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Haunted History: The Residents of Concordia Cemetery
El Paso is a unique city not only because of its geographical location, but for the rich history the city and its residents. El Paso is and has been called home by a variety of people and their cultures. When speaking of culture, one would consider this the particular way people live and behave in their society. Culture can also include the way people pass and are buried in a society. In El Paso, when its citizens passed, family would bury loved ones in the now historic Concordia Cemetery. Like the city of El Paso, Concordia is home to a variety of people from a variety of backgrounds: ranging from soldiers, to women dressed in white, and to children gone too soon. With such a diverse group of residents (all with such an interesting history), it should be unsurprising that these individuals would not remain quiet.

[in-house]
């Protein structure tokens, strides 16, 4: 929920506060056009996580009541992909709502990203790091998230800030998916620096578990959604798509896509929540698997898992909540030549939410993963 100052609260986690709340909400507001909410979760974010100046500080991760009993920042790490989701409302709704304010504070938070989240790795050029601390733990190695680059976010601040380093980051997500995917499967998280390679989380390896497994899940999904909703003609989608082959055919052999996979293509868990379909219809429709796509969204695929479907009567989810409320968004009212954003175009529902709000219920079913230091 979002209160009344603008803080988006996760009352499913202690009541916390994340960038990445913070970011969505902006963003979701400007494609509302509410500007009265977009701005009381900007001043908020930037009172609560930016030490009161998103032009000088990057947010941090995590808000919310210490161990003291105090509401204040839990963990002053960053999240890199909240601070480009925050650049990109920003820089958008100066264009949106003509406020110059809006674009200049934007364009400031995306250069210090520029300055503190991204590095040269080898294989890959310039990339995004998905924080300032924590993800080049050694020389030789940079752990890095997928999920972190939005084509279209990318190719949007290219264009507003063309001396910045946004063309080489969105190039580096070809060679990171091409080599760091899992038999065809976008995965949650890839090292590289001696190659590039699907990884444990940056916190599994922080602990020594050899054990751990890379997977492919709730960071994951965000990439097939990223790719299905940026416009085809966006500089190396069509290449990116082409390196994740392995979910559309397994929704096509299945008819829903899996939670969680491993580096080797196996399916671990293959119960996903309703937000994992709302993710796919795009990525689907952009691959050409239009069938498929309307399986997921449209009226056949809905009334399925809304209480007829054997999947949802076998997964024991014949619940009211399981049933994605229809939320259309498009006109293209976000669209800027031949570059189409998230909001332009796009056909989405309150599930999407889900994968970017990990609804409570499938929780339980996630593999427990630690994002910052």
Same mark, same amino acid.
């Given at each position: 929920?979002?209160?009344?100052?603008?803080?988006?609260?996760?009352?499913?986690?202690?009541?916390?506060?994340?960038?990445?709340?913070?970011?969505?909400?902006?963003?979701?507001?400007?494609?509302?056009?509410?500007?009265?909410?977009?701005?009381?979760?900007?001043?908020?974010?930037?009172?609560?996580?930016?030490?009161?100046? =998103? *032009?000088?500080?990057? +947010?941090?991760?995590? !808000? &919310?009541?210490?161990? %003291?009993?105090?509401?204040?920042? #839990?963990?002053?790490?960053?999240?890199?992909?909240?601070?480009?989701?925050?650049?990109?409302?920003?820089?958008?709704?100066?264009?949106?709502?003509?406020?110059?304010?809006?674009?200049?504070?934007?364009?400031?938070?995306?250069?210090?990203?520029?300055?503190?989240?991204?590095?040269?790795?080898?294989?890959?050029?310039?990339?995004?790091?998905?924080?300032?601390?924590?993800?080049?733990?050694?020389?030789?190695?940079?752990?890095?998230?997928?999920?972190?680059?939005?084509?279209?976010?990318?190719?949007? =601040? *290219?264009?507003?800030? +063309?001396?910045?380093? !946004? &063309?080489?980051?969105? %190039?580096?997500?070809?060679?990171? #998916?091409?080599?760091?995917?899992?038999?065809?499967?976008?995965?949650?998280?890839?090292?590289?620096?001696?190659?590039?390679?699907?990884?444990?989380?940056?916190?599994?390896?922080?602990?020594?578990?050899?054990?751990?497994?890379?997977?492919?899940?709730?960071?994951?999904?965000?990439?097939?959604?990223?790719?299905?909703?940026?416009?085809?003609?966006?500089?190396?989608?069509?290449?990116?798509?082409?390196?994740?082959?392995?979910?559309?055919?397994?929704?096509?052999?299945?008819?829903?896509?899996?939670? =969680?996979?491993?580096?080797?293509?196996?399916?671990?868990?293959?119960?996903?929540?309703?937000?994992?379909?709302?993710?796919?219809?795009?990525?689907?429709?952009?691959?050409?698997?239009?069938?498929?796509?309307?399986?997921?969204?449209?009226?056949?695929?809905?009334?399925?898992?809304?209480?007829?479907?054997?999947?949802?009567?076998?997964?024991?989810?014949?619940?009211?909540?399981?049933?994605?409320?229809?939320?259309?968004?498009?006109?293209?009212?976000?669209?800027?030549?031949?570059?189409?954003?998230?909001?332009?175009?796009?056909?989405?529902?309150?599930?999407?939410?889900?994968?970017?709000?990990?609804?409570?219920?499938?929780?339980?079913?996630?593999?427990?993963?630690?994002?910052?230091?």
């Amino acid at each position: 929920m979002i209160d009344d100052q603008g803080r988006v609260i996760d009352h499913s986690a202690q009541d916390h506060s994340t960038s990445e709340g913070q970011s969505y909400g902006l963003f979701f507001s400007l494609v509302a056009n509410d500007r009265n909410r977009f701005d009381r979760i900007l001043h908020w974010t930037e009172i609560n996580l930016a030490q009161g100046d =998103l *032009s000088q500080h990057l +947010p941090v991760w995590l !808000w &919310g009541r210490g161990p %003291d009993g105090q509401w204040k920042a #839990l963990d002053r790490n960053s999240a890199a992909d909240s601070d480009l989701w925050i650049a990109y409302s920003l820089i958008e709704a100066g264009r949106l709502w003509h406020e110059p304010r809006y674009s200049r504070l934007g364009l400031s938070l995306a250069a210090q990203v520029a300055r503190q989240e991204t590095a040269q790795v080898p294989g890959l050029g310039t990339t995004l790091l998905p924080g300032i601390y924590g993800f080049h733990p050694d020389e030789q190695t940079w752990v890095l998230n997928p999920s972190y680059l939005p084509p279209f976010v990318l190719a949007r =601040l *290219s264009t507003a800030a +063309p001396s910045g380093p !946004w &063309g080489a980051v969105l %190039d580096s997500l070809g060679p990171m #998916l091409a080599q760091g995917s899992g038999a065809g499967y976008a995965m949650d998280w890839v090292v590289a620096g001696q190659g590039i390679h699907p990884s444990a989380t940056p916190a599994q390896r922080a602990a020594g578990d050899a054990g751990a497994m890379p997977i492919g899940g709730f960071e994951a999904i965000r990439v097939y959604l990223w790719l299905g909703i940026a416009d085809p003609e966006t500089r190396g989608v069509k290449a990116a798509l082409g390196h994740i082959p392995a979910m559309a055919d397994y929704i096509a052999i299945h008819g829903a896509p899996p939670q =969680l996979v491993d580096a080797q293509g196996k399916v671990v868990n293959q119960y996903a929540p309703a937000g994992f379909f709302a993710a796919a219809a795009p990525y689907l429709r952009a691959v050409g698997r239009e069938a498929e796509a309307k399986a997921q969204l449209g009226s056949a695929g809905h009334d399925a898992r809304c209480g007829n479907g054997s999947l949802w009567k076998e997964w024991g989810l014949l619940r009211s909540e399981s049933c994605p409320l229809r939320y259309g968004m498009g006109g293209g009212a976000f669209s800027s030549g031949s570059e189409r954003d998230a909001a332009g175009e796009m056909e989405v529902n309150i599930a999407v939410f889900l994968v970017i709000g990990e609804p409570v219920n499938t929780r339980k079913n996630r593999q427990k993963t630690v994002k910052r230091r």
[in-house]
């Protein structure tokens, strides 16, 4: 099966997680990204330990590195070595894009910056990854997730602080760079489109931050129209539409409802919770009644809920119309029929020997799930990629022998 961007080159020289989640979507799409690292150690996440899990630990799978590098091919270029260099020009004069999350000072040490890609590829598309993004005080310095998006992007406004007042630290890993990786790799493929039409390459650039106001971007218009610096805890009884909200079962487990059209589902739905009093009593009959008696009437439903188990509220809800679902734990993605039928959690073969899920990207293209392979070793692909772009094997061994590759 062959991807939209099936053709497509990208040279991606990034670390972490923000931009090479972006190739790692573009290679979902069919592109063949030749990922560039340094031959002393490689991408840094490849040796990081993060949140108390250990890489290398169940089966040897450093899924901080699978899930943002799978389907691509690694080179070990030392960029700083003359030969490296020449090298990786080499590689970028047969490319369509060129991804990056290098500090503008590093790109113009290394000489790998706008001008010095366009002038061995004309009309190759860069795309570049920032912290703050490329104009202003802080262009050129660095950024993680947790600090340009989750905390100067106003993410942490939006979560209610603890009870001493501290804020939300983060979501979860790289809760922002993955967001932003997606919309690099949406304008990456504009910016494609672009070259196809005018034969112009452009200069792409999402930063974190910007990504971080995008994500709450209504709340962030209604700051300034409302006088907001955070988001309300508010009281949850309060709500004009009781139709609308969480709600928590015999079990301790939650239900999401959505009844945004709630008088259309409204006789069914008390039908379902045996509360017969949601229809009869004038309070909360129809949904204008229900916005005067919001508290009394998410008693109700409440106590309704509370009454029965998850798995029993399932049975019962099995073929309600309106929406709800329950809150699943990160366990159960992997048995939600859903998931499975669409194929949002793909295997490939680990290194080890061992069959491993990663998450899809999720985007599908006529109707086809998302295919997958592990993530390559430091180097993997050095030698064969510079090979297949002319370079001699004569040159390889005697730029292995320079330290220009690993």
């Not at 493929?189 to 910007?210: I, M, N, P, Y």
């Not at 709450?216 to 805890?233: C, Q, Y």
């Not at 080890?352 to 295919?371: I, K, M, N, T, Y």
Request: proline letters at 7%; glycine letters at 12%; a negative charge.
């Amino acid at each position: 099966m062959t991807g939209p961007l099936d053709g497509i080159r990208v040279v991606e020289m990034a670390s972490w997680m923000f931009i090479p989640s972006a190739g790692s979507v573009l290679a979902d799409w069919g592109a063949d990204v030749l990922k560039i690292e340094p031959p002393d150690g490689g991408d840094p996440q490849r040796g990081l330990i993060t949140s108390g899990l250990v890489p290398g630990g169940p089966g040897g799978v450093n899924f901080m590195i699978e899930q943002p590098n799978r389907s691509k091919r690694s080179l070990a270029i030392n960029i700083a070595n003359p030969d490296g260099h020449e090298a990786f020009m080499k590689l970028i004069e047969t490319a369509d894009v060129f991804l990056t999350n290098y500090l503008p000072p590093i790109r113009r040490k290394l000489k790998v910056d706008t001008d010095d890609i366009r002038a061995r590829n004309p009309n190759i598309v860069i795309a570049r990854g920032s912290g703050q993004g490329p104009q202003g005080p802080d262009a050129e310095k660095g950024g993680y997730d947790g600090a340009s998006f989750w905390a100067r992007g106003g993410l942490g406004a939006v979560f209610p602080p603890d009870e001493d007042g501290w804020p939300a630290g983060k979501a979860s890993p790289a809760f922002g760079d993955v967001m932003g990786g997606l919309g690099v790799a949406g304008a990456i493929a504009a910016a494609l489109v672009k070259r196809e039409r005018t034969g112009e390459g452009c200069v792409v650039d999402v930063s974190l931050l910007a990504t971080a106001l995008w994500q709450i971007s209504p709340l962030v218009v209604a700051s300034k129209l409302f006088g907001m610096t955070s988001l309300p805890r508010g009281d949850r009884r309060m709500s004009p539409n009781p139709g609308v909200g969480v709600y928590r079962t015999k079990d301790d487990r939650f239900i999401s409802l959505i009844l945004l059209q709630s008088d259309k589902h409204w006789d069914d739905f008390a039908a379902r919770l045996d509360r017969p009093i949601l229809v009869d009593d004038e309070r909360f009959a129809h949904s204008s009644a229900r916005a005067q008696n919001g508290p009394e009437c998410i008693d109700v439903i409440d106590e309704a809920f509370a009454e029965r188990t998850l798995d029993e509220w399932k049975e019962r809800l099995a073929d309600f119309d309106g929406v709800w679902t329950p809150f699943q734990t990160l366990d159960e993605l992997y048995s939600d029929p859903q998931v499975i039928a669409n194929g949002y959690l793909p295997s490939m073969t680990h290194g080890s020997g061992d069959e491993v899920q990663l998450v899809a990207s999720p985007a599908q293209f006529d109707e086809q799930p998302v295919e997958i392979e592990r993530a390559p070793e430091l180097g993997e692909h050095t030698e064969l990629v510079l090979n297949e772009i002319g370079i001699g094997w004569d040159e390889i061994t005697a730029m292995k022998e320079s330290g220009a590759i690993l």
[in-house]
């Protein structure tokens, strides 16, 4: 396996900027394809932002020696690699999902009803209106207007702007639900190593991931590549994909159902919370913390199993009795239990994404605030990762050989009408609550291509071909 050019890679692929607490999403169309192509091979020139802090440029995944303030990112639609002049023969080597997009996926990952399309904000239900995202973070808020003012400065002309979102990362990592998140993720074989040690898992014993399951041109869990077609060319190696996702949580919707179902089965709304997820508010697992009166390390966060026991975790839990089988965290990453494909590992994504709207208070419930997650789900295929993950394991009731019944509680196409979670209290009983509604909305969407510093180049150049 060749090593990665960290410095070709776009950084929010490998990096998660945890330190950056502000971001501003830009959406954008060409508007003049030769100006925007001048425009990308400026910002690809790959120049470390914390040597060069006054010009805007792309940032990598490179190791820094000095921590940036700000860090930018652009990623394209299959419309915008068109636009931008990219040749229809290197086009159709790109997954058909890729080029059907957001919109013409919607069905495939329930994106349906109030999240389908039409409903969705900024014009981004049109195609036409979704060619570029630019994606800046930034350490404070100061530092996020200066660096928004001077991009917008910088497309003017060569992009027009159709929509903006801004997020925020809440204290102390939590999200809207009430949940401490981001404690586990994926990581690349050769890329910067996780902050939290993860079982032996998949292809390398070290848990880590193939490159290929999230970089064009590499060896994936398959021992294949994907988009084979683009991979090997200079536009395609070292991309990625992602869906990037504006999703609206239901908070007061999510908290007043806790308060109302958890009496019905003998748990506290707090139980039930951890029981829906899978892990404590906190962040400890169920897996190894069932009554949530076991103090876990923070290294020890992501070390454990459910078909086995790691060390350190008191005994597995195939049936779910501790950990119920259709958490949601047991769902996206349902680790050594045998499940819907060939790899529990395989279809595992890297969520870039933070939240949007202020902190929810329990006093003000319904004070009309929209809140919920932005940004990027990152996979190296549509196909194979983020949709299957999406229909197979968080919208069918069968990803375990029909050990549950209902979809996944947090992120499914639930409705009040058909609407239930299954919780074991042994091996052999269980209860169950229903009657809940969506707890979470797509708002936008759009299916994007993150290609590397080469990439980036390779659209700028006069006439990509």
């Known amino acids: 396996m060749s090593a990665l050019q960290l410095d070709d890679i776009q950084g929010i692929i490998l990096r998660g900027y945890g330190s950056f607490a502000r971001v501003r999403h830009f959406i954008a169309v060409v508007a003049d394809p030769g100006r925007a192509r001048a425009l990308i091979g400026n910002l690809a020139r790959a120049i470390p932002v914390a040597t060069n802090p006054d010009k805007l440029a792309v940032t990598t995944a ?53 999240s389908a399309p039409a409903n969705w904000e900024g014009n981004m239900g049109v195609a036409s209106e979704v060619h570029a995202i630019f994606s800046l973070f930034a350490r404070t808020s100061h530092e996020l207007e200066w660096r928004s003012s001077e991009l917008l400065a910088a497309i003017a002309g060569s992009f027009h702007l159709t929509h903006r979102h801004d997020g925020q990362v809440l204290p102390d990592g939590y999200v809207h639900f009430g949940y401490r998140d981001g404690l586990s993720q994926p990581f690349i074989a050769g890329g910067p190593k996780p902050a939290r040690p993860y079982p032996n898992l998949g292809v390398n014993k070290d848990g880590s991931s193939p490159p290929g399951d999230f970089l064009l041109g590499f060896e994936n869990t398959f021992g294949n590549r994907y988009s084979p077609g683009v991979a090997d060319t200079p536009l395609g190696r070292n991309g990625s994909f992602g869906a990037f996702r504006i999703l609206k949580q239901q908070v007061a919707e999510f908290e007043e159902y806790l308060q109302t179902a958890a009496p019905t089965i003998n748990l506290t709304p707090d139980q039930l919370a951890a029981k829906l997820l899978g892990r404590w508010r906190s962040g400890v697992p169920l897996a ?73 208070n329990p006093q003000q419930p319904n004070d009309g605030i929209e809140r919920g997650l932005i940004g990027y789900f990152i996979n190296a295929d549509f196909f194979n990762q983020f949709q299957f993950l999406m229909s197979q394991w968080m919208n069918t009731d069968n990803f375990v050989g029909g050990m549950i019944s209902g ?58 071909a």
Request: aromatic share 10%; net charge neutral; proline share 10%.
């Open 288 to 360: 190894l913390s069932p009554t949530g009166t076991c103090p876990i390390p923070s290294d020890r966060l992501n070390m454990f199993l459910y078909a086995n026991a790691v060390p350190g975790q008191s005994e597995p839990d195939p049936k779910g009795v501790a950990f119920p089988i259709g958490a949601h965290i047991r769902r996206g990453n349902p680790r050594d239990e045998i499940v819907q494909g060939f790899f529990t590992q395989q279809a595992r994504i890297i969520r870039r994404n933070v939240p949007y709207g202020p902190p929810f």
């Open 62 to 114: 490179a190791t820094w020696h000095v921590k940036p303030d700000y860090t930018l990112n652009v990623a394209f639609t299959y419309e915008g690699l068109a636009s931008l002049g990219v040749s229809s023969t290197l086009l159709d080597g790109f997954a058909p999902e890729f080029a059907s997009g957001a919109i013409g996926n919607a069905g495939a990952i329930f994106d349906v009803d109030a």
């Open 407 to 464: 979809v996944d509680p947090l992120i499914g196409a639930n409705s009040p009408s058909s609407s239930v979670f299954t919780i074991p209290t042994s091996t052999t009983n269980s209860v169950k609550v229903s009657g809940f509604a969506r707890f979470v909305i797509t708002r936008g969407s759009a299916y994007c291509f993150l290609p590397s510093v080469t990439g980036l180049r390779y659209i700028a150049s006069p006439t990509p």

To briefly go over the history of the cemetery, Concordia had, like most westward expansion stories, a typical beginning. It started out as an indicator for an area named Concordia and was home to Hugh, a trader, and his wife, Juana Stephenson (ConcordiaCemetery.org, “History”). According to an article on Hugh Stephenson on the Texas State Historical Association, they lived on this land where Juana was eventually killed by a deer she had raised since it was a fawn in 1856 (Kohout, “Hugh Stephenson”). Stephenson had her buried on their land, in what is now a part of the cemetery itself, and moved to another one of his properties in Las Cruces where he was buried himself (Kohout, “Hugh Stephenson”). The article goes on to explain that it was acquired by the Union during or perhaps after the Civil War and then reacquired by a relation of Stephenson. It was in the 1880s that “the graveyard gained widespread use, when El Pasoans drove three miles to Concordia to bury their dead (ConcordiaCemetery.org, “History”).” Referencing back to its Civil War history, Neda Ulaby notes the presence of Buffalo soldiers, African American soldiers who participated in the Civil War, as having a grave here (Ulaby, “The Ghostly Grandeur…”). She briefly comments that the section is for veterans, as another article by Jaime Quesada notes that while it was once a mass grave, it has recently “[been] given a full memorial section with individual headstones to commemorate their service (“Ghosts…”)”. Despite the recognition, it seems the soldiers may not be ready to leave the past in the past. It seems that people have heard sounds around the grave when there is clearly no one around. The sounds have been said to be highly reminiscent of a cavalry marching around the site of the mass grave. While it may not be able to be definitively proven, it is clear something strange is happening around the Buffalo Soldier gravesite which could potentially be a haunting.